I met Franchon Crews nearly one year ago in her home city of Baltimore. Three months before we met, the “Heavy-Hitting Diva” won a four-rounder against Sydney Leblanc by unanimous decision, but her career would stall after that fight. She managed to get a fight with Tiffany Woodard in January 2018 to keep busy, but a follow-up fight in the Claressa Shields-Hanna Gabriels card in June did not materialize.
In recent months, however, things have a taken a more interesting turn. On September 13, she fights another boxing “diva”, the arguably more popular Maricela “La Diva” Cornejo, for the vacant WBC Super Middleweight belt. #CrewsCornejo opens the big fight weekend fanfare for #GGGCanelo. After nearly two years of a lackluster career, Franchon is back in the big stage. And it’s finally time to tell her story.
Note: Quotes were edited for brevity and clarity.
A Fighter’s Fighter
Franchon started boxing in 2005 for the sole purpose of losing weight for a future singing career. Little did she know at that time that she would become one of the most bemedalled amateur boxers. Franchon went on to win US Open, Golden Gloves, Pan American and World championships over a 10-year amateur boxing career.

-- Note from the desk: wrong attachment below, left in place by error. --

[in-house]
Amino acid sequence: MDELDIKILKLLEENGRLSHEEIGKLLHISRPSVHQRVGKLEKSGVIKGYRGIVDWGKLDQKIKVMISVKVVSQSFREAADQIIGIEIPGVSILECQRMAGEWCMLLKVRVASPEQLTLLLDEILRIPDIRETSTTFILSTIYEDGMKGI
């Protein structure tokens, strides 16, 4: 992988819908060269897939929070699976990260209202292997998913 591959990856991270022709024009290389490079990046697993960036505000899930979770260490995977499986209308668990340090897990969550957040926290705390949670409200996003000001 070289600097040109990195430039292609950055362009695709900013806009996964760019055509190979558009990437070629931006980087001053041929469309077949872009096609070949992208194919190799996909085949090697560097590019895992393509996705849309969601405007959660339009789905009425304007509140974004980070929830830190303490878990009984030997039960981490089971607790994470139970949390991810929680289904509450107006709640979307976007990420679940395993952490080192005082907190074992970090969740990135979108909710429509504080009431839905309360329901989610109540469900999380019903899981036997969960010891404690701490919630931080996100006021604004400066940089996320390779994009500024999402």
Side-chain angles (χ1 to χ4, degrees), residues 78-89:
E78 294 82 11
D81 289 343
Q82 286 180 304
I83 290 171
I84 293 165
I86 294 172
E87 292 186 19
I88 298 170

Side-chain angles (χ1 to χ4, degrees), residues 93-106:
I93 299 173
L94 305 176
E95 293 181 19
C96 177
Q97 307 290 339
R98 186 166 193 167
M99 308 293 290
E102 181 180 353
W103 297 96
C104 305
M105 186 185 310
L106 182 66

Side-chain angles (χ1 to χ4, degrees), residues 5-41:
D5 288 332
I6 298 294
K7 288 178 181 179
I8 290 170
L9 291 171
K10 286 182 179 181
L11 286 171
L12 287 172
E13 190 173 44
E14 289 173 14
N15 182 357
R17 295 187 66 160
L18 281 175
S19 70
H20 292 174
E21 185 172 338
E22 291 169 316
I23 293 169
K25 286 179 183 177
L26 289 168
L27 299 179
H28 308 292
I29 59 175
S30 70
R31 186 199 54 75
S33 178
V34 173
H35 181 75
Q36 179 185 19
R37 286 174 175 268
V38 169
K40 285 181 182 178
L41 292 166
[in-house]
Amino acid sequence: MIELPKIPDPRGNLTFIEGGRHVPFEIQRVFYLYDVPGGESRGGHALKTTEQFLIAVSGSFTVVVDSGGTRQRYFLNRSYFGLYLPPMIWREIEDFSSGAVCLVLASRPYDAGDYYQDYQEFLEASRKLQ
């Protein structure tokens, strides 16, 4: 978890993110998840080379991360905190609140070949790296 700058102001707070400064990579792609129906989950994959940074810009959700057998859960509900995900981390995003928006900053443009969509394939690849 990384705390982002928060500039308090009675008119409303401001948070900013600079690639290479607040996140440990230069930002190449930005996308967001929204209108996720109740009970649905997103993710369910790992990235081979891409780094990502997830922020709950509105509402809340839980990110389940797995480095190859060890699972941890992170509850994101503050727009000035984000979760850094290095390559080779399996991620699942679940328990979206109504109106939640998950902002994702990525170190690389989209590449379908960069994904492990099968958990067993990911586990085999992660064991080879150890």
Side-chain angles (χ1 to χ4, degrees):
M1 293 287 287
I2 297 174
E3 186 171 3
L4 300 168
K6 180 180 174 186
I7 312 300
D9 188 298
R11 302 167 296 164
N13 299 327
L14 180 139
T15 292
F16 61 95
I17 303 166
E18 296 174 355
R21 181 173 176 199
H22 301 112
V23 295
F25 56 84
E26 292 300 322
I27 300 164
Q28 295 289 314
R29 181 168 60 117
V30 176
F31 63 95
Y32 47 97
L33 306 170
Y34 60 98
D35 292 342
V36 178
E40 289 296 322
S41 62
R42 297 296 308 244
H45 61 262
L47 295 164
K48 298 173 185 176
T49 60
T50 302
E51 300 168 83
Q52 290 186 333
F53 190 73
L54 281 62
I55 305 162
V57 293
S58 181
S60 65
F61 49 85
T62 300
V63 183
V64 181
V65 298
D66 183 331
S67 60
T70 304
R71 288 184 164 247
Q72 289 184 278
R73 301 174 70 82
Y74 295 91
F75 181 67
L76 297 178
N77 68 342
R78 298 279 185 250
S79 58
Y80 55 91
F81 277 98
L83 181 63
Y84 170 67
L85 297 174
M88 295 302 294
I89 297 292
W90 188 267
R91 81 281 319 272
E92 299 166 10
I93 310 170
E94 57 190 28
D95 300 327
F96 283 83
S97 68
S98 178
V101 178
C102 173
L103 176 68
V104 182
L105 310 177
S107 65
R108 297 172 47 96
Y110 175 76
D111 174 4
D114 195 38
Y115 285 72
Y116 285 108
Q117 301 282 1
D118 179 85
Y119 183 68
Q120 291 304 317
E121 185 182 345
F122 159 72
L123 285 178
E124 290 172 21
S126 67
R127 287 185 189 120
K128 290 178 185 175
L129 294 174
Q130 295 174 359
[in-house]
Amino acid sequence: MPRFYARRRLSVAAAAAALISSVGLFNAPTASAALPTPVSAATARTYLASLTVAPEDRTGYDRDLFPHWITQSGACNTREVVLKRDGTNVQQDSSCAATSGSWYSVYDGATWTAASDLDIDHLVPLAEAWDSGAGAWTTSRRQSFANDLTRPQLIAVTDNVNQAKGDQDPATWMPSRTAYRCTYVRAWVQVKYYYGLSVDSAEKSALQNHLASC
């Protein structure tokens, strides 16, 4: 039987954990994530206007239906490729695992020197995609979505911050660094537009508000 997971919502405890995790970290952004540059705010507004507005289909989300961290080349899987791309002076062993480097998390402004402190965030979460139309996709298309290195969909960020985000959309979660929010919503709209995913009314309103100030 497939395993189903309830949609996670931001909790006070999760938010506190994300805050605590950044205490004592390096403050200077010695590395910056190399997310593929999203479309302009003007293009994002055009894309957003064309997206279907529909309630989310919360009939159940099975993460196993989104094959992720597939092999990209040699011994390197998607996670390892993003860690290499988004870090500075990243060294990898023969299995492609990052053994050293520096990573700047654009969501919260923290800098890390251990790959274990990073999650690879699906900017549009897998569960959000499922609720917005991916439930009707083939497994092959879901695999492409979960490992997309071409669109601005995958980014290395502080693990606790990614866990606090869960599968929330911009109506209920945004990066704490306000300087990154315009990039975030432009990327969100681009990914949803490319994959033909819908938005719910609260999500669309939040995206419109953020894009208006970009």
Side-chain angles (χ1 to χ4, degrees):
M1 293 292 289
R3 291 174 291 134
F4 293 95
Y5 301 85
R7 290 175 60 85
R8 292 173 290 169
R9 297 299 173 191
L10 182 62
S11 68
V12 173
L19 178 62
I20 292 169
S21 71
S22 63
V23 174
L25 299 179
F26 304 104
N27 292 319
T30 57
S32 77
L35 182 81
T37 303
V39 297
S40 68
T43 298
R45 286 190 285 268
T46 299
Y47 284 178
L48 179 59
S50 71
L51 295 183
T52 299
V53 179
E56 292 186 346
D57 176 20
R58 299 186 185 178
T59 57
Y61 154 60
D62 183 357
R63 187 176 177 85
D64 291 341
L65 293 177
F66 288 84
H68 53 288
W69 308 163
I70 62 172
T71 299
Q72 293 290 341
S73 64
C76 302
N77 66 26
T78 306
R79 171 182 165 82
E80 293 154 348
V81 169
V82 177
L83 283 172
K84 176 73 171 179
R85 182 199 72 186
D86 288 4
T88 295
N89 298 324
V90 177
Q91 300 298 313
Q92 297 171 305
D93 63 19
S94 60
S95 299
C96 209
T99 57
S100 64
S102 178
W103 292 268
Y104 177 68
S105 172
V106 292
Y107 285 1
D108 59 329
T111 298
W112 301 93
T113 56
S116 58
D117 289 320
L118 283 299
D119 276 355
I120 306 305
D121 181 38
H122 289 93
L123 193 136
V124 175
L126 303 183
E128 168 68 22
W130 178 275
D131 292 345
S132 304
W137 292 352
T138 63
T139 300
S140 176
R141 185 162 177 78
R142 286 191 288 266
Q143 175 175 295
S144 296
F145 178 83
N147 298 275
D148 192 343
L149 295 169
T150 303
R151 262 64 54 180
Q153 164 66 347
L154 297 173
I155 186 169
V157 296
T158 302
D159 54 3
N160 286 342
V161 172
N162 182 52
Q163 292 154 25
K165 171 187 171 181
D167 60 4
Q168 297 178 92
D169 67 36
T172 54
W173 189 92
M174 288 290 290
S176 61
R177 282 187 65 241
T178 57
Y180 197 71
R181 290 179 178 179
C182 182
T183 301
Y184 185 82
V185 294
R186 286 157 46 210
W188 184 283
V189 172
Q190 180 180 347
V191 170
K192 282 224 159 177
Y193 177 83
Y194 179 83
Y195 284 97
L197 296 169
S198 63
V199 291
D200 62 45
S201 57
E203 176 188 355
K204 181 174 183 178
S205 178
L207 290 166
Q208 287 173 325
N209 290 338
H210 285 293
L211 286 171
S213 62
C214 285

“The life lesson I learned from boxing is to be yourself. I found out that when I live up to my standards — and I have high standards for myself — I’m not as susceptible to disappointment. I know I’m great. I know I can beat any boxing champ out there. What’s cool about me is I don’t have pressure on me, I’ve done everything. I know what it’s like to lose and bounce back… I was nobody when I moved to Baltimore. Now I’m known around the world. I’m your favorite fighter’s fighter.”
“My boxing persona embodies my life. I’m the Heavy Hitting Diva (HH Diva for short). Sometimes I’m a diva, sometimes I’m raggedy. I’m emotional. The same way you watch a ballet dancer or a person who dances and expresses himself. That’s how I fight in the ring. Sometimes I’m dramatic, sometimes I’m crisp, but how I feel is how I fight and that’s how I’m gonna win. I’m a boxer-puncher now. When I started, I was just a power puncher.”
She went pro in November 2016, fighting the two-time Olympic gold medalist Claressa Shields in the first Sergey Kovalev vs Andre Ward card.
“The experience of going pro in 2016 was magnificent. You know some people were trying to write me off. I went out of the amateurs on a bad note…but I was there fighting on HBO. What made it special was I found my team. I had my husband. We bounced back. Making weight was one accomplishment in itself. I made the weight, I felt good. I just embraced it.”